Without any hesitation and accompanied by his advisor he made his way into my office, risking the disapproving stare of my secretary who was sitting outside. In the face of such a fait accompli, there was little choice but to listen to George’s story. Tea was ordered, and the conversation began. The message was clear: according to these two gentlemen, George and his advisor, only the French architect who had recently won the international competition for the National Gallery would be able to help them out of his predicament. Their perseverance, friendliness and compliments were all very disarming. We therefore surrendered in good order and accepted George’s proposal that we at least look into his problems. A few days later, having studied the land on which the house was to be built and the ideas George had for it, studioMilou signed a contract to design and build the 33 Holland Park.

A transparent paravent studioMilou’s project overcame the limits imposed by the land’s shape and the existing conservation house with a design giving a sense of transparency and fluidity between the old and new buildings, between interior and exterior. To achieve this, the outer wall of the new structure is a paravent-like wall system, consisting of rising screens opening onto a walkway which winds around the site, with both borders lined with lush vegetation that appears to venture both into the house on one side, and over the neighbouring properties on the other. A feeling that the house expands into the garden, and that the garden inhabits the house is accentuated by the closeness of plants to the house’s closed surfaces. Dense foliage caresses the many glass surfaces of the house, and towers to the second-floor spaces.

A discreet welcome, a private place Upon entering the house from the driveway, the visitor is unaware of the almost monumental scale of the new house, covered as it is by vegetation and carefully designed proportions aimed at avoiding any stark comparison with the onestorey conservation house. To further unify the two buildings, the conservation house serves as the key reception area and kitchen, through which one passes to the new residence, the door of which is aligned with the exit of the former. A rectangular pool lines one outer wall of the new house, with water and green-grey tiles softening the visual links between the conservation house and the new structures. The simplicity of the conservation house’s interior – white ceilings and walls, uncluttered furnishings – adds to a sense of openness towards the exterior and the paravent form of the new building walls, which seem to encompass the historic house in a protective manner. It is only when inside the new residence that the largesse of its design gradually becomes apparent.

Unifying materials, colours Another approach common to studioMilou’s work is the restricted use of materials and colours. Accordingly, the materials chosen for the exterior, including grey glass-reinforced concrete columns and stainless steel, have been composed in such a way as to play with the colours of the vegetation and to accentuate the impression of an architecture which is transparent and in conversation with the trees and light. The reflections and movement of the pool’s water, set off by the soft grey-green stone tiles, contribute to the play of light and life, and seem to belong equally to both houses. Sharing light wall colours and the warm glow of Burmese teak floors, the interiors of both buildings offer calm backgrounds for the ever-present plants whose foliage reaches towards and into the house from all angles.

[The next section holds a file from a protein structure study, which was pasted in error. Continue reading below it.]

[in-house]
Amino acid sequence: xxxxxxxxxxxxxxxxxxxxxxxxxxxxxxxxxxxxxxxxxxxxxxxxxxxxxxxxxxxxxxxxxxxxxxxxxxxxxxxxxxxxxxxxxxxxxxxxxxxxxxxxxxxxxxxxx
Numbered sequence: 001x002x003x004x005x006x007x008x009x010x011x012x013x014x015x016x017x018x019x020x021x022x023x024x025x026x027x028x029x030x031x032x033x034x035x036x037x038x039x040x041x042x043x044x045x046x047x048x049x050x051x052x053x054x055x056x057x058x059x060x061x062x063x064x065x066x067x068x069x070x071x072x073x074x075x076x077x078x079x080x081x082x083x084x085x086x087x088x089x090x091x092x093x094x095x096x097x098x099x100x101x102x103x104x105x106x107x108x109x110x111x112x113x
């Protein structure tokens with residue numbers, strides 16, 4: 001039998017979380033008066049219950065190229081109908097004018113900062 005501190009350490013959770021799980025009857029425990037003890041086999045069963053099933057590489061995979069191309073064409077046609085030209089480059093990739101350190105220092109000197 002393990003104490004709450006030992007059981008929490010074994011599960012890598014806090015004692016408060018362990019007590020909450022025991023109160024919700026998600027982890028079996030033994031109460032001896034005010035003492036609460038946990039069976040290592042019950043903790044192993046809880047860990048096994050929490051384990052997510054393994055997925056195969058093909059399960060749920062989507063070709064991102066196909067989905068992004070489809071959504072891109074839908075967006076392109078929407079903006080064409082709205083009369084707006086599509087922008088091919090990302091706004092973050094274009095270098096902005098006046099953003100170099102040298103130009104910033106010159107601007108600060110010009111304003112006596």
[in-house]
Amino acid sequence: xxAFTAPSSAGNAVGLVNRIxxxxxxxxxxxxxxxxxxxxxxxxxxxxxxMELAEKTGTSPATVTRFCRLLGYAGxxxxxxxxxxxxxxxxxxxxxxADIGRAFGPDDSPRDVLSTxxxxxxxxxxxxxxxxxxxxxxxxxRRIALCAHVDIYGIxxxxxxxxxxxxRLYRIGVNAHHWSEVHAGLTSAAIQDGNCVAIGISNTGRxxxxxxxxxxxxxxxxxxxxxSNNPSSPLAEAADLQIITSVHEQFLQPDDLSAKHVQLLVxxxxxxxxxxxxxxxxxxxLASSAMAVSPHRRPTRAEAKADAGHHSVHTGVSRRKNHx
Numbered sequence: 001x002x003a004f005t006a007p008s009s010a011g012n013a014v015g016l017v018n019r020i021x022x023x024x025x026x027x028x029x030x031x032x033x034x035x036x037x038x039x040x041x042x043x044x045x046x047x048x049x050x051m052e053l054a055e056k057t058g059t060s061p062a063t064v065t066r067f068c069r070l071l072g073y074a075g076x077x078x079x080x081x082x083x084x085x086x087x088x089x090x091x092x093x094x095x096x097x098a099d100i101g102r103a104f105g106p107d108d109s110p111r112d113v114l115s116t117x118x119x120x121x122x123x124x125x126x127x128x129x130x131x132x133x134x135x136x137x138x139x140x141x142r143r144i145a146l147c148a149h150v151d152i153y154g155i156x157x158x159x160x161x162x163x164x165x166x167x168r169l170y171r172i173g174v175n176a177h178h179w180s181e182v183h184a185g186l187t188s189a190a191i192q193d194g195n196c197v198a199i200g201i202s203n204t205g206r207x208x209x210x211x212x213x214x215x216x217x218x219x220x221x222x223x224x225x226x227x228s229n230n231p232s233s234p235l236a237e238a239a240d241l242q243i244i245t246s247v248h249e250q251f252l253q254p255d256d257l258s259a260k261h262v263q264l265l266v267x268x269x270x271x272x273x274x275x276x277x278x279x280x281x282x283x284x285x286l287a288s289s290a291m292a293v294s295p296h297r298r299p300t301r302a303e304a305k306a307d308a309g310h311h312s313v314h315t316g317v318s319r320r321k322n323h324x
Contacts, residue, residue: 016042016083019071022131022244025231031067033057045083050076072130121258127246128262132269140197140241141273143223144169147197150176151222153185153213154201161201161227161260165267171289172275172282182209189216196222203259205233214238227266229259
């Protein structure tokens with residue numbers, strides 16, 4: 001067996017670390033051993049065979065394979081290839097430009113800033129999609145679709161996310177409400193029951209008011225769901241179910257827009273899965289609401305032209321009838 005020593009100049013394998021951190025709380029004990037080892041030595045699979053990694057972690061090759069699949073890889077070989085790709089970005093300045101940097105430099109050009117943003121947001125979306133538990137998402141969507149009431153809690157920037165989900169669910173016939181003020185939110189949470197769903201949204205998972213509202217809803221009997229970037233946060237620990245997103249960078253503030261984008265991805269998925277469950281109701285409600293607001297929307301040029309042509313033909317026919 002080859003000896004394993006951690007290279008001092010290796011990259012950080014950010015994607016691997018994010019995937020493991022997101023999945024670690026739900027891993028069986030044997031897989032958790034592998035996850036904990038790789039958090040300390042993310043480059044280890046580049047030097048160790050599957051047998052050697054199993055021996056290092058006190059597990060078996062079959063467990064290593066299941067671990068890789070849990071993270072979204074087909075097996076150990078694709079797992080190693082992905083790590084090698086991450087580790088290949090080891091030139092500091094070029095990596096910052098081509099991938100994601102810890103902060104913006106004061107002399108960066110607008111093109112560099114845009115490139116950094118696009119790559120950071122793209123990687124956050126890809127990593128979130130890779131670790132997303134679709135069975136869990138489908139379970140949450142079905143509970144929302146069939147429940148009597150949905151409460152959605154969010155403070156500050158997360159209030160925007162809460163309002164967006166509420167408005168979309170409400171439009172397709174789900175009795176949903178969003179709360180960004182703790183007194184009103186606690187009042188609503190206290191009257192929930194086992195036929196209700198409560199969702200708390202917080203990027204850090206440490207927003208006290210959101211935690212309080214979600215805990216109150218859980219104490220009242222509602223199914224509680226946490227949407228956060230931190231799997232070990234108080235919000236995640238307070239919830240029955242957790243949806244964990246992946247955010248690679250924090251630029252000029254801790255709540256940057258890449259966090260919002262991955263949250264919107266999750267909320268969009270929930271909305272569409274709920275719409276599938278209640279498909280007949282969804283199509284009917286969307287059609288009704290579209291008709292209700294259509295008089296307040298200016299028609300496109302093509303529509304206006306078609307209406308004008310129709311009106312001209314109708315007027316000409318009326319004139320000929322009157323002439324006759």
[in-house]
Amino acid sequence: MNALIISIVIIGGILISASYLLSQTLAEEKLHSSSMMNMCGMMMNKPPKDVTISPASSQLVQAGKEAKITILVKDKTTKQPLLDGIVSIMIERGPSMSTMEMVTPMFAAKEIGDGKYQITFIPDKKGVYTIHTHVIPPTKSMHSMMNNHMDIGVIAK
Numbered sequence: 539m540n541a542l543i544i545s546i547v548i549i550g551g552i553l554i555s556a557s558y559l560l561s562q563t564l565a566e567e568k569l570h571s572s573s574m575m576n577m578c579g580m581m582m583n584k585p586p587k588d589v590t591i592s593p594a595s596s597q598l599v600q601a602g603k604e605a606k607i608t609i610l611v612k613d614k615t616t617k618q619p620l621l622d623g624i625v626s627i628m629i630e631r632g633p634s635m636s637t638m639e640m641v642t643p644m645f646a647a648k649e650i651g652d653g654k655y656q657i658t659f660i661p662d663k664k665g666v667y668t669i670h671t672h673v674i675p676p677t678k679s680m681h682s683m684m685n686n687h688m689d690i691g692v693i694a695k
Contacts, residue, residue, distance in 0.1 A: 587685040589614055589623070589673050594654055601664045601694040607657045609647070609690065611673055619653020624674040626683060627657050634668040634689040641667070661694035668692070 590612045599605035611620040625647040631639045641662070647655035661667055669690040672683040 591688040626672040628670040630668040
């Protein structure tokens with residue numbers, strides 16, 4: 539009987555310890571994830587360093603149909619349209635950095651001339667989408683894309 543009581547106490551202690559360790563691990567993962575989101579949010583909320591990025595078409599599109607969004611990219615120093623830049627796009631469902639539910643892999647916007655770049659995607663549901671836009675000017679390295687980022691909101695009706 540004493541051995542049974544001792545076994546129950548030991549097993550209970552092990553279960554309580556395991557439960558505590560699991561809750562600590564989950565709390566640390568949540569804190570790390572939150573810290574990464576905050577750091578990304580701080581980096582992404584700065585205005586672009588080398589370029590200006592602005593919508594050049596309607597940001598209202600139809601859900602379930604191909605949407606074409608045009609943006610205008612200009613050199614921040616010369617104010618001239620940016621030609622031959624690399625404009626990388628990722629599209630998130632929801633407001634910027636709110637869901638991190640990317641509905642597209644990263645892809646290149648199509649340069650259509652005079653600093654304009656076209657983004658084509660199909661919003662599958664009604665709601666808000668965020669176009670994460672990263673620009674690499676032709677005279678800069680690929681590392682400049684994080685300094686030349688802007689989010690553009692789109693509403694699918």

The concept of a house within a garden was greeted with enthusiasm by George and Lysa. In practical terms, the architectural design, with its lightweight and filigree character, needed to find ways to include the demands made by the couple for a "house in a garden" of around 2,000m2. The development of the project took place over many months, and studioMilou set up weekly meetings with them at the practice’s office in order to discuss and evolve the design. These meetings usually took place at tea-time on Tuesdays. Since George and Lysa were the practice’s first private client in Singapore at the time, it was thought only right to invest in a proper tea service for these meetings. George always showed himself to be completely up-to-date with the development of the project at these friendly weekly meetings, and he never failed to exhibit his great understanding of architectural matters.

He studied the plans and sections, looked carefully at the drawings, and would always come to the meetings with notebooks full of the numbered points he wished to make, all written out in his fine handwriting. He would then go through these lists carefully, knowing exactly what he wished to say. He had a sharp eye, and he would often be able to draw attention to potential problems, trade-offs that had not quite worked out, or architectural half-measures. However, he also showed himself to be a very good listener and would let himself be persuaded of the justice of other viewpoints. On the rare occasions when agreement could not be reached, he would finally accept the opinion of the architect, giving him his trust without reserve. Lysa sometimes attended these meetings with George, and she would listen to her husband’s point of view, sometimes also giving her opinion and suggesting other possibilities with a smile. Her husband would always listen to her with complete attention. For George, this house was to be a gift to Lysa.